Ritualized 'talking' in caterpillars evolved from walking (w/ Video)

Apr 13, 2010 by Lin Edwards report
(a) Caterpillars build and occupy silken leaf shelters (scale bar, 2.5 mm). (b) When approached by an intruder, the resident produces three types of vibratory signals: anal scraping (green) is performed by pulling the abdominal segment forward while at the same time scratching a sclerotized 'oar' against the leaf surface; mandible drumming (blue) and mandible scraping (orange) are produced by rapidly hitting and laterally scraping opened mandibles against the leaf surface, respectively. Image credit: Nature Communications.

(PhysOrg.com) -- Scientists have long wondered how elaborate animal communication signals evolved, and while animal communication theory holds that many evolved from non-signaling behaviors, there has been little empirical evidence for this. Now scientists in Canada have used comparative and molecular phylogenetic methods to study ritualized territorial signals in caterpillars to show that a communication behavior of some of the caterpillars -- anal scraping to warn off intruders -- evolved from the ritualization of locomotory and fighting behaviors.

The researchers, from Carleton University in Ottawa, Canada analyzed 36 species of caterpillar from two families. In most one of the rearmost segments is a primitive limb called a proleg, and is used for walking. Caterpillars with prolegs tend to physically attack intruders by biting and hitting them to frighten them away. Some caterpillars do not have prolegs, and some of these have specialized anal “oars” in place of the prolegs. The oars resemble the hairs found on the caterpillar’s body, but are thicker and hardened. One example is a caterpillar called Drepana arcuata, the masked birch caterpillar, which warns off intruders approaching its silken leaf shelter by drumming and scraping on the leaf with its mandibles and scraping the leaf with its oars. The signaling escalates if the encounter continues until the intruder leaves the territory.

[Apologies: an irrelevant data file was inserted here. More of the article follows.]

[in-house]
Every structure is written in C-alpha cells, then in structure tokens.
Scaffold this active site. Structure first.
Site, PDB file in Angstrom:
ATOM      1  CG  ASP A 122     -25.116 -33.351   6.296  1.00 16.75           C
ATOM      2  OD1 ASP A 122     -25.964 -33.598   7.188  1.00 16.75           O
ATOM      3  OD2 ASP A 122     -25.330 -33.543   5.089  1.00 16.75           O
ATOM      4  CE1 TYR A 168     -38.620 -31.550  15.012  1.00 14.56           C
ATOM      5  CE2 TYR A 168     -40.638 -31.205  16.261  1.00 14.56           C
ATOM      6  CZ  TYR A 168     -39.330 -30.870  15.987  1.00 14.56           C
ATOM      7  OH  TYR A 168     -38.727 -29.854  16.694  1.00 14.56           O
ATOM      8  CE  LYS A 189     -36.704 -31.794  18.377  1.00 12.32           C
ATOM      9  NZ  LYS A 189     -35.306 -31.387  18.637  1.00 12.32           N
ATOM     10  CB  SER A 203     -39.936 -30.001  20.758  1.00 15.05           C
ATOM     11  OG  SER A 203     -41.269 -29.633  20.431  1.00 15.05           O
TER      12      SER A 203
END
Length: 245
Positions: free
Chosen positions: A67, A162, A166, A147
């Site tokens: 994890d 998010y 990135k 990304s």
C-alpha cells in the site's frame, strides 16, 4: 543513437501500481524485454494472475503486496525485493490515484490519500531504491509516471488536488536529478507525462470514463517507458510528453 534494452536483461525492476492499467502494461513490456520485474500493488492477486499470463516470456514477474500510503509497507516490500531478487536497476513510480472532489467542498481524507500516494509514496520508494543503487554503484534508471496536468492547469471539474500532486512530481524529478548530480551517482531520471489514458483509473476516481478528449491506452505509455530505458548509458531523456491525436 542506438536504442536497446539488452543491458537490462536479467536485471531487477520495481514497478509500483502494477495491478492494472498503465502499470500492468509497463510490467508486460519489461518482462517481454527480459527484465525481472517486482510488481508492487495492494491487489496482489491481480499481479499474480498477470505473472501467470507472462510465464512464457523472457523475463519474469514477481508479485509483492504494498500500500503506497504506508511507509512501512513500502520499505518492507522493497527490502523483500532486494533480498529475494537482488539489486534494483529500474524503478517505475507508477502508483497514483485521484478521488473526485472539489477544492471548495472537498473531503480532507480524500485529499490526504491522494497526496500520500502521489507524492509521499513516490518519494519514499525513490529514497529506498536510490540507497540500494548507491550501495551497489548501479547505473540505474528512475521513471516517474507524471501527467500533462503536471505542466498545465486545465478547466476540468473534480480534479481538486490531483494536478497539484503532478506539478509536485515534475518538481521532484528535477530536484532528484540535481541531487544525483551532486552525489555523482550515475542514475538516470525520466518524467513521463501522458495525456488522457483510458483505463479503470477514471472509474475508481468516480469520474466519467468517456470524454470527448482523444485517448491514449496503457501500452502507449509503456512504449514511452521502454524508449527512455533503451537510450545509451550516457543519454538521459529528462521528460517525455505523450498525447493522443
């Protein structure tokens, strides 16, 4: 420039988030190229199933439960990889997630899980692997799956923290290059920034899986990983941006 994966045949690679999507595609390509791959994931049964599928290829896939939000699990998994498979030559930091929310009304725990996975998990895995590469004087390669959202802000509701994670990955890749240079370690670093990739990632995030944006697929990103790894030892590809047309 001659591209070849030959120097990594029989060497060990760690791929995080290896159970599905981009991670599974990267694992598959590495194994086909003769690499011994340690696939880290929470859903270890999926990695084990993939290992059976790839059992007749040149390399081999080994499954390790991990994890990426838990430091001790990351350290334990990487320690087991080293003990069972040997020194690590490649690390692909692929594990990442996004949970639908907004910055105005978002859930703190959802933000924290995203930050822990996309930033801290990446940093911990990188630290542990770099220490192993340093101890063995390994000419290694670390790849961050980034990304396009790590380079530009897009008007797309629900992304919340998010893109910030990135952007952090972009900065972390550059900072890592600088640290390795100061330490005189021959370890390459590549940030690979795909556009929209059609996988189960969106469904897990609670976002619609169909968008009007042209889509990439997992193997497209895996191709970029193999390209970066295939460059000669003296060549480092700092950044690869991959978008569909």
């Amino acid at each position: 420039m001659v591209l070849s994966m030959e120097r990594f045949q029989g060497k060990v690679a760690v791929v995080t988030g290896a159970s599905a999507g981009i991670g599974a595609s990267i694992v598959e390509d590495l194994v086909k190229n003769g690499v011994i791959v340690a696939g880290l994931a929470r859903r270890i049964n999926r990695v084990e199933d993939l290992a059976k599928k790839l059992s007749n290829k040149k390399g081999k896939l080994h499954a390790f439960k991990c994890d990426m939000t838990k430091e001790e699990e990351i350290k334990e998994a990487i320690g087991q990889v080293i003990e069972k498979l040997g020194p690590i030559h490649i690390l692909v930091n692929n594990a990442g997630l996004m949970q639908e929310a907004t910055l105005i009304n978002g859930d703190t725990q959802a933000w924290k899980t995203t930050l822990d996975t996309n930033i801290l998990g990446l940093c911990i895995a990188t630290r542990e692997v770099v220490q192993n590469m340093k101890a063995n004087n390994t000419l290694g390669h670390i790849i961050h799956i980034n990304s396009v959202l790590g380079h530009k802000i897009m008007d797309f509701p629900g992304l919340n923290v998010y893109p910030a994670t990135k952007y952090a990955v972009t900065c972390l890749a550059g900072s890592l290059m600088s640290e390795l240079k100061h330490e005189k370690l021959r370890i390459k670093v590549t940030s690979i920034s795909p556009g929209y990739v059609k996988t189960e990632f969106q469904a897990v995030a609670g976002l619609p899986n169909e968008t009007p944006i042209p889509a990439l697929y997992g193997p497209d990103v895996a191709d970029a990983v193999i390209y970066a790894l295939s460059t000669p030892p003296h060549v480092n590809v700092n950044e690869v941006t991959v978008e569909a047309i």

The movements made by the two types of caterpillar are similar, but in the proleg caterpillars the rear end stays put and the front lunges forward, while in the anal oar caterpillars the front end stays put and the rear moves backwards, making a scraping sound.

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Researcher Jaclyn Scott and her team sequenced DNA from the caterpillar species and charted their . They calculated a 99.9% probability that the of the caterpillar species studied had prolegs. These were lost in the Drepaninae, and replaced in some species by anal oar scrapers, although oars probably disappeared and reappeared several times, and some species did not develop oars at all. The aggressive behavior of the walkers was replaced in the oar caterpillars by ritualized acoustic and vibratory communication signals, which are less likely to result in injury.

The researchers used a laser vibrometer to record vibrations produced during interactions between members of 11 species of caterpillar and compared the vibrations of non-signaling movements (such as crawling or pushing) to the ritualized vibrations. They found that the walker caterpillars do produce vibrations when defending themselves, and theorized that as these movements evolved into ritualized and repetitive communication signals, they were also amplified. A comparison of body movements used by anal scrapers and walkers showed that scraping uses four body segments while 10 segments are used for crawling, so the anal scrapers produce greater vibrations but with less body movement.

The results of the research, published online in the journal Nature Communications on 12 April 2010, provide direct experimental evidence that ritualized territorial signals can evolve from other patterns, in this case walking, and that these can substitute for physical aggression in defending territory. Other animals also use ritualized displays that avoid physical conflict, and it has also been suggested that in humans sports events may represent ritualized fighting displays.

Explore further: Male monkey filmed caring for dying mate (w/ Video)

More information: Nature Communications paper: www.nature.com/ncomms/journal/v1/n1/full/ncomms1002.html

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